4

Each row is:

Or(a=a[0], b=b[0], out=out[0]);
Or(a=a[0], b=b[0], out=out[0]);
Or(a=a[0], b=b[0], out=out[0]);

and I need:

Or(a=a[0], b=b[0], out=out[0]);
Or(a=a[1], b=b[1], out=out[1]);
Or(a=a[2], b=b[2], out=out[2]);

I tried this solution as:

:let t=[]  # then ctrl-v
:s/\d/\=len(add(t,1))/g

But this increments each subsequent number, not per row. I couldn't find/understand other solutions.

Thank you!

2 Answers 2

3

Do you mind some Awk?

:%!awk 'gsub(/[0-9]+/,i+0){i++}1'

This means:

  • gsub(/[0-9]+/,i+0) If there is any number in the line, substitute it by i+0.
  • {i++} If a substitution occurred in this line, increment i.
  • 1 is a short for "print the resulting line".

In case you are wondering, i+0 forces the conversion of i to integer in the case i is unset (case which happens in the first line).

4

If you visual highlight with ctrl-v a column of zeros and press g ctrl-a it will consecutively increase them. If you want to leave the first one as a zero, you should omit that from the selection. Also, if there are many columns, like in your example, it's a good idea to start from the rightmost, since if the numbers increase enough to require more digits anything to the right of the original column will now be misaligned after the digit increase.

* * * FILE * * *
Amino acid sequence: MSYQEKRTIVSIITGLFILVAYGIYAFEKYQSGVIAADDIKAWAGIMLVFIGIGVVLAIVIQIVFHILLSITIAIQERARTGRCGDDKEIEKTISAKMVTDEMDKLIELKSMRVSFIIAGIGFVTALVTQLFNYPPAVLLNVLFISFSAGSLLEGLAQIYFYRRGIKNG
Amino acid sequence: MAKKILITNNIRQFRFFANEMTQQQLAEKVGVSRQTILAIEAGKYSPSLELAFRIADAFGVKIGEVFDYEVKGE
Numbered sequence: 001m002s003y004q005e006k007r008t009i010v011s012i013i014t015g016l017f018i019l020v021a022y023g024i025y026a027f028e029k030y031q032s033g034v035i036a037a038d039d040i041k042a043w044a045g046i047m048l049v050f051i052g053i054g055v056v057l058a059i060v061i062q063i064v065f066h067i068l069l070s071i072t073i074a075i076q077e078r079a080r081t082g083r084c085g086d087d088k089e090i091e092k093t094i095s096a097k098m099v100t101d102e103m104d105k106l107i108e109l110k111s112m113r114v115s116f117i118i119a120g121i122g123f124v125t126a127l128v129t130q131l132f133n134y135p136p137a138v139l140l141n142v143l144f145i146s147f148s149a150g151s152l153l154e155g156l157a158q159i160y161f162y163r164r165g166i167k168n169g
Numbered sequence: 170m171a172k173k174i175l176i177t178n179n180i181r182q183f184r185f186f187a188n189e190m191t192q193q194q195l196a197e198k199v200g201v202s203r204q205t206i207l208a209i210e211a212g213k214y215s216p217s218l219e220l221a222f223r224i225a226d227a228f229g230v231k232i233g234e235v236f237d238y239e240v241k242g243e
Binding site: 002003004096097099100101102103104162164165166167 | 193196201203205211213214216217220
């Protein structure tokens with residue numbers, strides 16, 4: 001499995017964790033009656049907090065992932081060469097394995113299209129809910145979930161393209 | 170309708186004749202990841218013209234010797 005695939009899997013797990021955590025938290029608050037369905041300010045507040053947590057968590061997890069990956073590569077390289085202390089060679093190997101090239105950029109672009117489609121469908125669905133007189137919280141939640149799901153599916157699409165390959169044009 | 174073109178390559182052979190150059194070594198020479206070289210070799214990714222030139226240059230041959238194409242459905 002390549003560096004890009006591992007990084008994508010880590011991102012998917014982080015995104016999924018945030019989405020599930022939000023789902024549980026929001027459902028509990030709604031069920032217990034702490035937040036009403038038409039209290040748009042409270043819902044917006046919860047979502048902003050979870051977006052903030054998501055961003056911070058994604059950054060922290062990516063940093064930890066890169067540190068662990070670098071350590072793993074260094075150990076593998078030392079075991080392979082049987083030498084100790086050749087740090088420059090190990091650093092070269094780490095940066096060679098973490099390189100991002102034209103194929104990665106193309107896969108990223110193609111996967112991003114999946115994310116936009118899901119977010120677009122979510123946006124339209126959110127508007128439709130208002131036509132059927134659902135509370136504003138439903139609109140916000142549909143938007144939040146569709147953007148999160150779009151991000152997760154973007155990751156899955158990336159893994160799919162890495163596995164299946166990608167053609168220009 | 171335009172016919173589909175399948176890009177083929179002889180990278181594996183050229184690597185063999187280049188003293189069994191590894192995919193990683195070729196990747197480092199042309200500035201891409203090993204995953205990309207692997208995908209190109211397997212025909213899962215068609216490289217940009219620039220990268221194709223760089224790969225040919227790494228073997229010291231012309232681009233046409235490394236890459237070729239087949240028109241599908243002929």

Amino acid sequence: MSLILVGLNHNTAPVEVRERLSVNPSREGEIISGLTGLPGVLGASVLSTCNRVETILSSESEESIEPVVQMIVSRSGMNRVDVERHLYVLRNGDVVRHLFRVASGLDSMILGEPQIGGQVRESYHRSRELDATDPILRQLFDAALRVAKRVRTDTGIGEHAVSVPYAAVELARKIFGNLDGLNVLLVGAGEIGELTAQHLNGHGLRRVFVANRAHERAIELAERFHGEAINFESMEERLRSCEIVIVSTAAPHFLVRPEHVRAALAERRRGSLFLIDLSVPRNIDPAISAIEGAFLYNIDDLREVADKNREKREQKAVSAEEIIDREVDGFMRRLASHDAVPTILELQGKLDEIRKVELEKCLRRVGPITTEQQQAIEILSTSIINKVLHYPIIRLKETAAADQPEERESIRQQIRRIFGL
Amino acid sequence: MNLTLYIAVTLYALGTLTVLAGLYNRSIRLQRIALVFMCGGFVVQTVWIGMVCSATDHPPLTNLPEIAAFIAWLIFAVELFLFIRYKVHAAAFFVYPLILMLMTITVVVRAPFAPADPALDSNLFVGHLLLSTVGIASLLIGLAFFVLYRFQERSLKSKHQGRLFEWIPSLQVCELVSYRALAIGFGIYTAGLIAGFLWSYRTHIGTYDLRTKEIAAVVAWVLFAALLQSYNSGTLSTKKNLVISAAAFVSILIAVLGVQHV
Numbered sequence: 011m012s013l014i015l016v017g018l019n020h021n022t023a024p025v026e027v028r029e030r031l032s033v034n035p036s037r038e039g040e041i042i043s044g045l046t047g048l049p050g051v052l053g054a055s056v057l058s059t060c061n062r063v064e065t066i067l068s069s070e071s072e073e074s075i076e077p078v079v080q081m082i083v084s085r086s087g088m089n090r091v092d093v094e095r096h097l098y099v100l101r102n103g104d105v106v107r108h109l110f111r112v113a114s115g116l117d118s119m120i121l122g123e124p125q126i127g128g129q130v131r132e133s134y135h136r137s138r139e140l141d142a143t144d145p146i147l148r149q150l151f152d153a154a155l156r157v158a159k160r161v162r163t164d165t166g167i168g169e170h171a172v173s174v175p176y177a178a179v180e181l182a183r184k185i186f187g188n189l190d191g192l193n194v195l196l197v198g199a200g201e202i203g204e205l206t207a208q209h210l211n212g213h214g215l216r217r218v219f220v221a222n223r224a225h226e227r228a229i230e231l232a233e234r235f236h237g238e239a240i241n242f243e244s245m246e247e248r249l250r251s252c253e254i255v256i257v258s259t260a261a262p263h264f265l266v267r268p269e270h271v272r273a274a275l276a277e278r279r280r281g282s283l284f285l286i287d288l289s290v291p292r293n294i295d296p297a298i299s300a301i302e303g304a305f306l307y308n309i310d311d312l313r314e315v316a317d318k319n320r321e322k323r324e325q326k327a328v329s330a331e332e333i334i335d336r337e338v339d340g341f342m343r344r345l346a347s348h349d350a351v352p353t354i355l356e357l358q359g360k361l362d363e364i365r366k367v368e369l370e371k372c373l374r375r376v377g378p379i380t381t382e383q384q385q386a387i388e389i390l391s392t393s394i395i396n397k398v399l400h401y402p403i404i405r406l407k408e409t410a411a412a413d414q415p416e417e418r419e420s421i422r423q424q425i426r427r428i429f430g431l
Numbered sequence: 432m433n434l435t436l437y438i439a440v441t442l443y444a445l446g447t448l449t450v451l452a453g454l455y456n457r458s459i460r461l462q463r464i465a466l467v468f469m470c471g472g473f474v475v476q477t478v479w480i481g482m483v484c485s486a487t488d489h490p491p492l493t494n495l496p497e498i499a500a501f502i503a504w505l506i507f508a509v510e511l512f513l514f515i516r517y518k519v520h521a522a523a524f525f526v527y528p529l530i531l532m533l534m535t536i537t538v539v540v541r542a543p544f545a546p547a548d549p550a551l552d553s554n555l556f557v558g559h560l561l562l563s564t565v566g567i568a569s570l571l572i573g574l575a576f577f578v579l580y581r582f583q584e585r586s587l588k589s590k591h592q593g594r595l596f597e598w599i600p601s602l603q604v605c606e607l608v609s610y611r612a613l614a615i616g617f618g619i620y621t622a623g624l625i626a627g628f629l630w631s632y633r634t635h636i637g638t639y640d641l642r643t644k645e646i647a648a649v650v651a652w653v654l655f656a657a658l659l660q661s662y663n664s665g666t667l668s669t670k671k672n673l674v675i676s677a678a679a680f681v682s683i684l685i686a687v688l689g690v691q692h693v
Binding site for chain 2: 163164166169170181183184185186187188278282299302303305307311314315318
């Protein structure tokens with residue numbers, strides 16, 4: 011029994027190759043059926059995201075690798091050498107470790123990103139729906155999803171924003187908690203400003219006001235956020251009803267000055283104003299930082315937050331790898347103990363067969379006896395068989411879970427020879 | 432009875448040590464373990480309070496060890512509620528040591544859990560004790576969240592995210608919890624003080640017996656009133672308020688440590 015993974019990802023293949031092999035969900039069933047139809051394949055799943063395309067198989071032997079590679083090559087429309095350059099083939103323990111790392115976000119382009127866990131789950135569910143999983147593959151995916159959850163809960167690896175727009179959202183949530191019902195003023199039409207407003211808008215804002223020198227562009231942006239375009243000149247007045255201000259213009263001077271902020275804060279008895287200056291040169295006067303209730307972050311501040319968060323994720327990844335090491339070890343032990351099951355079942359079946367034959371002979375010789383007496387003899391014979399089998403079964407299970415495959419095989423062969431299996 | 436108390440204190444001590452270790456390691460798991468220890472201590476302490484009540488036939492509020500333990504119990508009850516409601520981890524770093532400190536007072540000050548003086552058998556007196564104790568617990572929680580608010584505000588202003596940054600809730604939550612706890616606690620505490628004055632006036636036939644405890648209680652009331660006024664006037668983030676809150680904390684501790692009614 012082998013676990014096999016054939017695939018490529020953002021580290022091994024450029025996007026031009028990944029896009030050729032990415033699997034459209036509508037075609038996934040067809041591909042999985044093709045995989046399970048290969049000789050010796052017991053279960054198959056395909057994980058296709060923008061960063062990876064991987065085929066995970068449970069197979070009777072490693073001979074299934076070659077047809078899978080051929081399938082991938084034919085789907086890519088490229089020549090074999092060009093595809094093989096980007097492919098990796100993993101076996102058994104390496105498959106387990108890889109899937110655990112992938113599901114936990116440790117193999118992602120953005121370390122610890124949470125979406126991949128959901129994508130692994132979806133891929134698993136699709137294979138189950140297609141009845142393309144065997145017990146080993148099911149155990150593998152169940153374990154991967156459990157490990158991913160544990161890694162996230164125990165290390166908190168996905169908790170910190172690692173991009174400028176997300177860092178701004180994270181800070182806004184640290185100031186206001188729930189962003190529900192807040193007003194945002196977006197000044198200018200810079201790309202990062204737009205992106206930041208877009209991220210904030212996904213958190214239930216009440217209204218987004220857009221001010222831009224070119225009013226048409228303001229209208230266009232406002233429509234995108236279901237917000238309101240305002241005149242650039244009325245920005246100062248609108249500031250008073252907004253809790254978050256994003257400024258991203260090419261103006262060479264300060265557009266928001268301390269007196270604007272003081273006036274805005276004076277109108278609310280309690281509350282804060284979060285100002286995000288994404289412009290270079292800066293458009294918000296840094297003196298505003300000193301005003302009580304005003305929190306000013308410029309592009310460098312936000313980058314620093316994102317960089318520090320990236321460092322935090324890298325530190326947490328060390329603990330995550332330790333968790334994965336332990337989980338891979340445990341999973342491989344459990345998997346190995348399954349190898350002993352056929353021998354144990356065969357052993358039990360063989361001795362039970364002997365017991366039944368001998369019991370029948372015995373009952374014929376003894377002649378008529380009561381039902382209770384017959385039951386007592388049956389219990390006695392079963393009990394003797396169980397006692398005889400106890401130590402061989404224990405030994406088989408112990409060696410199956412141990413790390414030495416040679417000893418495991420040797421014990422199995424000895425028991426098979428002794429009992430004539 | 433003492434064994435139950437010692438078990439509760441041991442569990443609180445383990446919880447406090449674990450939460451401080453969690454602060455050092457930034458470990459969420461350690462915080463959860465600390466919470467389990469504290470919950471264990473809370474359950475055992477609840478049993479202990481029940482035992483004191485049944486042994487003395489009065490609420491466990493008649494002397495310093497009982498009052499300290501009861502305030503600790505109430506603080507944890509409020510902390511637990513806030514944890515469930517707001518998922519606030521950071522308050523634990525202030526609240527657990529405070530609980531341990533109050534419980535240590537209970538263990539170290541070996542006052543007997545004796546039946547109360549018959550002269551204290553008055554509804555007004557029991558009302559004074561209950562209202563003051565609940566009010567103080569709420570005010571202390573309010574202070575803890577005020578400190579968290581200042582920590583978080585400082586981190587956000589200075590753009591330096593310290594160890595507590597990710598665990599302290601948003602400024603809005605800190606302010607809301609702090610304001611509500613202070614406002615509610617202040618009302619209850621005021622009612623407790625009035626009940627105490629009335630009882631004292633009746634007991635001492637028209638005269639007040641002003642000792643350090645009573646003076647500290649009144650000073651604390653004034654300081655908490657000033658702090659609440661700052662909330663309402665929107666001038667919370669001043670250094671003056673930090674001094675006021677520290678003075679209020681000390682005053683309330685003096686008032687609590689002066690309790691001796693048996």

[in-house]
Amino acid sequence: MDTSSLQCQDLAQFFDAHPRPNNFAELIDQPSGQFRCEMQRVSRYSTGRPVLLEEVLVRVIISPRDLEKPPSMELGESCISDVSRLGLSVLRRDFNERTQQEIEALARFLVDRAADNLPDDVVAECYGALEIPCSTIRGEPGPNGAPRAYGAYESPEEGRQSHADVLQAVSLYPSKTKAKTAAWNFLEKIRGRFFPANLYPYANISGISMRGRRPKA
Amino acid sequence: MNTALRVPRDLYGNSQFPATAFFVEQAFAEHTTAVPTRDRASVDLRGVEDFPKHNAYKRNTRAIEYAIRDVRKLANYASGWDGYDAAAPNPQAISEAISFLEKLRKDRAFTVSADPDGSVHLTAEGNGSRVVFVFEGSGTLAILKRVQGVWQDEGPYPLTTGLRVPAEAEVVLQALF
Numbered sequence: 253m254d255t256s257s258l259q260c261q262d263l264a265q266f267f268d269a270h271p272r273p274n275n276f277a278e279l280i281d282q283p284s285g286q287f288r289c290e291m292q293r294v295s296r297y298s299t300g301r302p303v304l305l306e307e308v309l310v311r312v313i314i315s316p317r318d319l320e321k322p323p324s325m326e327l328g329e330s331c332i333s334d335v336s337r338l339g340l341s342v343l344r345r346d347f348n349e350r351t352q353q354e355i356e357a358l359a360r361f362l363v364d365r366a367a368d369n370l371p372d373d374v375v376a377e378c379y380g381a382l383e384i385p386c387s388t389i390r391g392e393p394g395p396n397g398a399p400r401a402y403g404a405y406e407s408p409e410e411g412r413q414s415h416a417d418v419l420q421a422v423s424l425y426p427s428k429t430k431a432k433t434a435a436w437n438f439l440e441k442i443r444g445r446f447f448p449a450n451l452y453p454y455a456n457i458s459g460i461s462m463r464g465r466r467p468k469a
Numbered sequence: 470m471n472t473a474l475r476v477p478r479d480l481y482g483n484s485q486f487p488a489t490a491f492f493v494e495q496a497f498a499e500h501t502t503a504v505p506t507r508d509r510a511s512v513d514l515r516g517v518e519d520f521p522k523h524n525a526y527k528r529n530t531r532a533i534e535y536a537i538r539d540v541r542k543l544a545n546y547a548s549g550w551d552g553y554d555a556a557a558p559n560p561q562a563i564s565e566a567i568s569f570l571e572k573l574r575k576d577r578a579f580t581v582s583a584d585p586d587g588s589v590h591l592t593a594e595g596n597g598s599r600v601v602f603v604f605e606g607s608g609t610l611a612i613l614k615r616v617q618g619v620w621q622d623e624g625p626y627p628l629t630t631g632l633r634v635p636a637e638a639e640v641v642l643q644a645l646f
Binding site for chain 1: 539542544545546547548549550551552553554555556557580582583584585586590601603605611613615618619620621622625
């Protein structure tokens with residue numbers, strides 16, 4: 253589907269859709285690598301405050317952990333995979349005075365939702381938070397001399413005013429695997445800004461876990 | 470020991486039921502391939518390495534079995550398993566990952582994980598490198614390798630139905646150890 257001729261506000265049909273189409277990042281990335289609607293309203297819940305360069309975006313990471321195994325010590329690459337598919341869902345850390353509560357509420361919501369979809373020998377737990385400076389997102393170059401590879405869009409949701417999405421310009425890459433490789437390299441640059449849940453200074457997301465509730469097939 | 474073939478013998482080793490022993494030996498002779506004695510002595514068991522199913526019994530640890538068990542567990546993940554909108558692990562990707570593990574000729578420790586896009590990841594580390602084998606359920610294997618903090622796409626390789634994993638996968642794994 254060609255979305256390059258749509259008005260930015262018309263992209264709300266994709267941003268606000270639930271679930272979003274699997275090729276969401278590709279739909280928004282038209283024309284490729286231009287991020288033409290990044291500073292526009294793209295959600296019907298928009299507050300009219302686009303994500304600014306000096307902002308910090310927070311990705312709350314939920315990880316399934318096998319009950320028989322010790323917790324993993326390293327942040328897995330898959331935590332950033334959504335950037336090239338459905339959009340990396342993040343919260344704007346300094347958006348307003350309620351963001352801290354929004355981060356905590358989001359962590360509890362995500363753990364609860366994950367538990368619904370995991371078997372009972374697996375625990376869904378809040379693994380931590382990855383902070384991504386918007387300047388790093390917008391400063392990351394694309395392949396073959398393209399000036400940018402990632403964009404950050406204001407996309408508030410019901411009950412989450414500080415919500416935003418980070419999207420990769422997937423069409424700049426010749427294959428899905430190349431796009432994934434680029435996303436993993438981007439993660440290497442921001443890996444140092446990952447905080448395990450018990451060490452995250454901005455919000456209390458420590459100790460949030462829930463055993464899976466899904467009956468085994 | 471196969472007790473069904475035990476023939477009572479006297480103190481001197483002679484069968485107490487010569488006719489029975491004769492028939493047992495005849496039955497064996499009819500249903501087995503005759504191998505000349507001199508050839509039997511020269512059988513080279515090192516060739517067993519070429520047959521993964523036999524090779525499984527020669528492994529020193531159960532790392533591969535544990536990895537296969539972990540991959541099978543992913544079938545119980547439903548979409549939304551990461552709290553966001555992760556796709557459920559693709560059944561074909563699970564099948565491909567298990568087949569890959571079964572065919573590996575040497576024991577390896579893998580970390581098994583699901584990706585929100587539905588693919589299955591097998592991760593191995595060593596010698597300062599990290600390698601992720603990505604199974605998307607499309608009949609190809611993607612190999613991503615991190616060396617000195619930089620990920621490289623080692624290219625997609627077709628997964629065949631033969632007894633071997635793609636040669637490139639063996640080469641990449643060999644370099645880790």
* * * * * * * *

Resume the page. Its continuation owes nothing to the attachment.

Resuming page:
If you have a lot of columns awk will probably be better, but for a few, I this is probably easier to do (and remember, at least for me :)).

4
  • 1
    Awesome! Just when you think you've learned all you need to know, the Vim help surprises you with a new gem: :help v_g_CTRL-A. Thanks, @fbence!
    – Phil R
    Jul 20, 2022 at 17:43
  • 2
    Just a note: v_g_^a is dotable (. works), as any command. Just put your cursor on the second column, no need to enter visual mode again (that wouldn't work).
    – Biggybi
    Jul 20, 2022 at 19:44
  • @Biggybi nice one! thanks!
    – fbence
    Jul 20, 2022 at 21:12
  • @PhilR exactly how I usually feel :D
    – fbence
    Jul 20, 2022 at 21:13

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